Meet Jack, the original Red Strawberry Popcorn man since 1962. Here is his story:
Jack was born in 1932. A time of many cultural changes and tough living here in America. Jack went from having a paper route as a teen, to joining the Navy and being on a ship during the Korean War. After returning from the war he became an electrician. He was a young electrician working with his Dad back in 1962, wiring a building in Rockford Illinois. While working one day, he heard a man walk up to him and say, "Hey Jack, I hear you like popcorn. Well, I'll bring you something tomorrow that you'll really like."
The next day, this man brought Jack 10 small red ears of corn. He took them home and popped some up. He saved the rest to plant in the family garden across the street. Ask anyone who lived in the neighborhood of Court Street and Vernon Street in Rockford between 1920 and about 1985, everyone knew that garden on about 1/16th acre with all the yummy stuff growing in it.
As time went on, Jack involved the rest of his family. Along with his wife Phoebe and 4 children, this has been a true family business. Each child, as they grew were given tasks equal to their appropriate age. I remember wanting to bag the corn when I was very young, but was not allowed to..."You are too little to handle this big bag, you will spill". Years later, I was the last son in the "nest", I would carry the corn up the stairs in 5 gallon buckets out to Dad in the garage, he would blow the chaff out of the corn and then put the corn in a big drum. Meanwhile I'd pick up two other empty buckets, and head back to the basement to fill them. This process seemed to go on for weeks. I must admit, carrying all that popcorn up and down stairs helped prepare me for my career in the Army.
Over the years, Jack has sold Red Strawberry Popcorn all over the world. According to one news paper article, he was the largest commercial retailer of Red Strawberry Popcorn. With the discovery of the internet a few years ago, Jack tapped into a new market. Before the internet, the popcorn was sold out of the house, at flea markets, or even at square dancing lessons. That led into mail orders, which became internet sales once Jack went world wide web.
During popcorn season,he'd work his regular job all day. Of course, Mom would make sure that he had a full lunch pail every morning when she'd send him off with a kiss, a smile and sincere "Have a good day". When he'd walk in the door after a hard day of work, Mom would greet him at the door, take his empty lunch pail, a peck on the cheek, "How was your day?", and let him know how long before dinner. He'd then head to the basement to work on his "Labor of Love" every night between September and February. Some years, the popcorn would take longer to process, mostly depending on how much help us kids were. We didn't have automation. We picked it all by hand in the field, husked it, transported it in the station wagon (years later in Dad's pick up), and carried it all to the basement.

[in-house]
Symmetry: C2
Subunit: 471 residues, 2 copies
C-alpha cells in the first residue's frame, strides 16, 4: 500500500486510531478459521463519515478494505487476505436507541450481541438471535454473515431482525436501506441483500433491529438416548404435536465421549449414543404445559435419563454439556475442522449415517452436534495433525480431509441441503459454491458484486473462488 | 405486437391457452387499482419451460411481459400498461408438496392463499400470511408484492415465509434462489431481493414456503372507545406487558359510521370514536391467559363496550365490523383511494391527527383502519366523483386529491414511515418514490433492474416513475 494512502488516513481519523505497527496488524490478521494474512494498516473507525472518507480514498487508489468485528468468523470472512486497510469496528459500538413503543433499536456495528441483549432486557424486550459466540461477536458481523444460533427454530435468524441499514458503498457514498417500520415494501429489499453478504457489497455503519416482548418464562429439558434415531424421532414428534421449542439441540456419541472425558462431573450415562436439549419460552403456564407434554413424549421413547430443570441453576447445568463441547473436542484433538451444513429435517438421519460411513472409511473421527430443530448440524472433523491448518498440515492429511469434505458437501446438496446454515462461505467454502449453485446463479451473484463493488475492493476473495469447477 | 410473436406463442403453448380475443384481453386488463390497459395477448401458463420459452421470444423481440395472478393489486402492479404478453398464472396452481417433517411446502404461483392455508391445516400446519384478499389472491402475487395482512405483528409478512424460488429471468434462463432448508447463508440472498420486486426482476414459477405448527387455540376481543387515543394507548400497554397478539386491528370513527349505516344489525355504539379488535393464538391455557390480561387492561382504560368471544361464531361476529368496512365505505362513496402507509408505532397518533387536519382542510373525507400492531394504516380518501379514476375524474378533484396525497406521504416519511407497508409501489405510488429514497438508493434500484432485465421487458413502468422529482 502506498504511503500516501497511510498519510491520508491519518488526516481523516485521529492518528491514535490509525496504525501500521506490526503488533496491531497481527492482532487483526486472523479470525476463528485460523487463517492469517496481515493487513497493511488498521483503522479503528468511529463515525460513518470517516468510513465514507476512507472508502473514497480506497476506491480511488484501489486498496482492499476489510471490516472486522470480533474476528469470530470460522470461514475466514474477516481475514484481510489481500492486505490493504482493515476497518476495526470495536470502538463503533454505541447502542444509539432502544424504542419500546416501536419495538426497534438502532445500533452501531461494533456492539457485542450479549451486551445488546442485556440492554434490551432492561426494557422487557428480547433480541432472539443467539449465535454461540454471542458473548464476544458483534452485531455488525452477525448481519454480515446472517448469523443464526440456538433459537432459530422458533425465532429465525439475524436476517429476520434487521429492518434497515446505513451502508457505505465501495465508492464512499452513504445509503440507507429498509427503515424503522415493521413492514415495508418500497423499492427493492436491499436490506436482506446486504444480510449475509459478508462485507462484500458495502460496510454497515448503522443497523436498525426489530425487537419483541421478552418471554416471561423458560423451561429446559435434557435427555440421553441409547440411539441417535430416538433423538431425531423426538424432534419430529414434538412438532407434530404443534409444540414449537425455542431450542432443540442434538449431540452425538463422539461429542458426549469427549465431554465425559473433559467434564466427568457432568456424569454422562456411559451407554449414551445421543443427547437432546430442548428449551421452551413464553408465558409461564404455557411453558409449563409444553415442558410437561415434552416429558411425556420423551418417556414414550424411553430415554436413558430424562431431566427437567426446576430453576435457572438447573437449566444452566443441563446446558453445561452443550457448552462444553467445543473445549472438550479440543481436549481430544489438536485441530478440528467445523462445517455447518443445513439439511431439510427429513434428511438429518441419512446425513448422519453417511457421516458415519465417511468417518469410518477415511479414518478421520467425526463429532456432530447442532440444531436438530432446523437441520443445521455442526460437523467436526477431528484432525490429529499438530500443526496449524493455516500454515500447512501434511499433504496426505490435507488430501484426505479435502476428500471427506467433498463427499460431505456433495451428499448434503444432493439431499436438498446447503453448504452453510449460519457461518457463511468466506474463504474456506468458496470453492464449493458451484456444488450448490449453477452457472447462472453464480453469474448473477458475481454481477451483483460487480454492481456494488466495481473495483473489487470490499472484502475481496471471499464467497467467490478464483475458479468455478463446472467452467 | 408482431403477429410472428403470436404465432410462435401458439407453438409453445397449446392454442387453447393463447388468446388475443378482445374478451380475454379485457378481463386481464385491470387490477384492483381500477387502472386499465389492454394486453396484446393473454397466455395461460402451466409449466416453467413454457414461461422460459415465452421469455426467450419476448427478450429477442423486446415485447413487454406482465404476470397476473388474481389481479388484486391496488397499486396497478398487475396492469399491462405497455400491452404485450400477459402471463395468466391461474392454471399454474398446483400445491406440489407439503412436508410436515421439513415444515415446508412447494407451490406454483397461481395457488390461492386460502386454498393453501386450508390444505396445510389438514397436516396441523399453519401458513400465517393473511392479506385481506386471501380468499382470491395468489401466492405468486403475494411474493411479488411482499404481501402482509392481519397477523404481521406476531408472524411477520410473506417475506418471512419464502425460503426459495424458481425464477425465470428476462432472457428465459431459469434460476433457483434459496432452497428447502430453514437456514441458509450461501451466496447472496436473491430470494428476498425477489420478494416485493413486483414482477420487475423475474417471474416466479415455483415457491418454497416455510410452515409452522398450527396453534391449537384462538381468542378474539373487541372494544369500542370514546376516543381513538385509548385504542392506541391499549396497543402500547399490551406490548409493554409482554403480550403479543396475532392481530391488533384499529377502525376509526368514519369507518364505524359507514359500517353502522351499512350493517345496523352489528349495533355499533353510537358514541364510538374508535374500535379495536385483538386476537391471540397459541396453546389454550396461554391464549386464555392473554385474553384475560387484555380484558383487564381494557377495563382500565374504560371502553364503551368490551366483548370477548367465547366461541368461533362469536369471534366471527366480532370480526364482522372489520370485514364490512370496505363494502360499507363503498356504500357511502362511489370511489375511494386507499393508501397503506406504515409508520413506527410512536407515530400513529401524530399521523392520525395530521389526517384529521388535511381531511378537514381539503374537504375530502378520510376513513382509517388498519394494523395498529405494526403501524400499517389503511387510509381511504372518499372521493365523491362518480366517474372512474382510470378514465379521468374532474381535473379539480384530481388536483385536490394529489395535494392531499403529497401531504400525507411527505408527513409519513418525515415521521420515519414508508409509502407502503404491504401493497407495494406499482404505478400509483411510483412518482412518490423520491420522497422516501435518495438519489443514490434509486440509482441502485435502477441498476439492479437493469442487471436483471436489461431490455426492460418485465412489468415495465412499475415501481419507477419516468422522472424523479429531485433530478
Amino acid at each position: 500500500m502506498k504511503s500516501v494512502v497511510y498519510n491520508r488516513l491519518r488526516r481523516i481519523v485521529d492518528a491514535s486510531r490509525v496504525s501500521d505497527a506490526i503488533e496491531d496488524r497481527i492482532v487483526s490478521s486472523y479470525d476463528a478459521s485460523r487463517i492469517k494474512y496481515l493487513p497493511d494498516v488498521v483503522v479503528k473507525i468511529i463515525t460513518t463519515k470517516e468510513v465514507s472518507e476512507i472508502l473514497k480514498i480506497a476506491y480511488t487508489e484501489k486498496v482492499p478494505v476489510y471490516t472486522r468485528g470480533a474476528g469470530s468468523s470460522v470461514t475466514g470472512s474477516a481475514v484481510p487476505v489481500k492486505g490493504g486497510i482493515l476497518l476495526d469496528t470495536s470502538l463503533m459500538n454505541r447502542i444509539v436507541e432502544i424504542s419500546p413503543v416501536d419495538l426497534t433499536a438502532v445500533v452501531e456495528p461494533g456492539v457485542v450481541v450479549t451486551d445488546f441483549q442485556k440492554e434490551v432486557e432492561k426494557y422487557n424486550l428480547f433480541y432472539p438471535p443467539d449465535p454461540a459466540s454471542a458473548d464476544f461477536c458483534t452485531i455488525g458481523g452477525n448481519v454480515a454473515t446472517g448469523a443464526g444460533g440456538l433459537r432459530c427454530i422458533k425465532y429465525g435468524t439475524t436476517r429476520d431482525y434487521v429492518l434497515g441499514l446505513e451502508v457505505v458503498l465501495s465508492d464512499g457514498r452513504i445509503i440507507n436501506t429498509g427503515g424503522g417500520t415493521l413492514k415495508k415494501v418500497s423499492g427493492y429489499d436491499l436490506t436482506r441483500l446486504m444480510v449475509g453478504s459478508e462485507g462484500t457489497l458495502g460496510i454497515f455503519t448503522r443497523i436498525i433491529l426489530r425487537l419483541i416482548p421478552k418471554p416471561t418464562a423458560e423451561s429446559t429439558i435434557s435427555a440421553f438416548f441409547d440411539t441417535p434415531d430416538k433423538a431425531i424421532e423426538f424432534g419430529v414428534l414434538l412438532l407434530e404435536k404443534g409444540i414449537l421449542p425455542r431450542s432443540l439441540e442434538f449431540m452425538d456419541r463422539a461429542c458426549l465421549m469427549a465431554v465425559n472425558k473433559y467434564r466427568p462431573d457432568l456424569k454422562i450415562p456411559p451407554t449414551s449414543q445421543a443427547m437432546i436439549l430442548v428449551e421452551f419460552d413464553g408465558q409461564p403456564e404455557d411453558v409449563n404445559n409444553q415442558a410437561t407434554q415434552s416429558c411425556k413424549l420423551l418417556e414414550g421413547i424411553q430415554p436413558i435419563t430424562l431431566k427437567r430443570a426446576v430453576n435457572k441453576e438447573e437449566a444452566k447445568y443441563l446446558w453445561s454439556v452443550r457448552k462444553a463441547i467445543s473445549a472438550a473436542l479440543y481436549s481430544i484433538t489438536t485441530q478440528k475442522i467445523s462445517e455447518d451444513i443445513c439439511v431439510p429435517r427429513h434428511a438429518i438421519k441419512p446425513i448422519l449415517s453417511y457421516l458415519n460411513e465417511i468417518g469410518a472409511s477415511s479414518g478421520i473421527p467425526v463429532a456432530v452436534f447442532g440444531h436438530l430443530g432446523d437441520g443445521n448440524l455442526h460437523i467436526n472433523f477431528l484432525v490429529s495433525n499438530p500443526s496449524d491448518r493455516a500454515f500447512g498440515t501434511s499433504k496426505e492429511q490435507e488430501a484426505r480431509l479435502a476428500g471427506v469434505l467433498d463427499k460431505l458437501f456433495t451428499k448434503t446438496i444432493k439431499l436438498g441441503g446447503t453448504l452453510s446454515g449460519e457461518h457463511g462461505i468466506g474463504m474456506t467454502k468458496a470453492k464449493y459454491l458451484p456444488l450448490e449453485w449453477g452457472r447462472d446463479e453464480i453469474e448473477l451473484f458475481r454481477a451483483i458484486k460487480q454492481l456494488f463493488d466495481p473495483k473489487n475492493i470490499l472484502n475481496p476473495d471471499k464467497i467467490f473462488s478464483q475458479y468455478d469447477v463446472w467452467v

Dad had made a ping pong table at some point, but during popcorn season that table was turned in to a work station. I can remember clearing the ping pong table at times just to get a few matches. Once we were done though, we had to put the corn back where we found it.
Some of you may recall seeing my parents at the gourd shows, wheat weavers conventions and misc markets and fairs. Dad was one of the founding fathers of the Illinois Gourd Society and Mom even spent a little time as a wheat weaving instructor at Rock Valley College.
Dad decided it was time to retire from the popcorn in 2014 when it got too difficult to maintain the hard work of picking and processing the popcorn.
Jack's Popcorn lives on! Now that I am retired from the U.S. Army, my wife and I carry on the Family business. Our first year growing in Virginia was terrible. The ear worms had a field day with that crop. We suffered a huge loss. All the while, I could hear Dad's voice..."you will learn the hard way so that the lesson will always be remembered".
Since 1962, we've never bought popcorn seed. We've hand picked the ears of corn which will be the seed for the next years crop. If the ear is odd shaped, wrong color, too big, too small...it won't make it in to the field next year. Only the best seed is used.
Our vision, like my Dad's, is to grow; "The Tastiest Popcorn Ever"!!!
I must admit...we have had the best customers in the world over the many years. So very patient and understanding. Some customers have known Jack's kids most of their life through the letters or notes Mom would put into the boxes that the popcorn was shipped in...and of course Mom's famous Smiley Face.
With great fondness we will always remember Dad in our own ways. Jack passed away on Wednesday morning, the 19th day of February 2020.
If you search the internet carefully, you can find an interview of Dad at the Beloit Flea Market selling his popcorn. There is also an article with an interview in a newspaper. Sure to bring back many memories.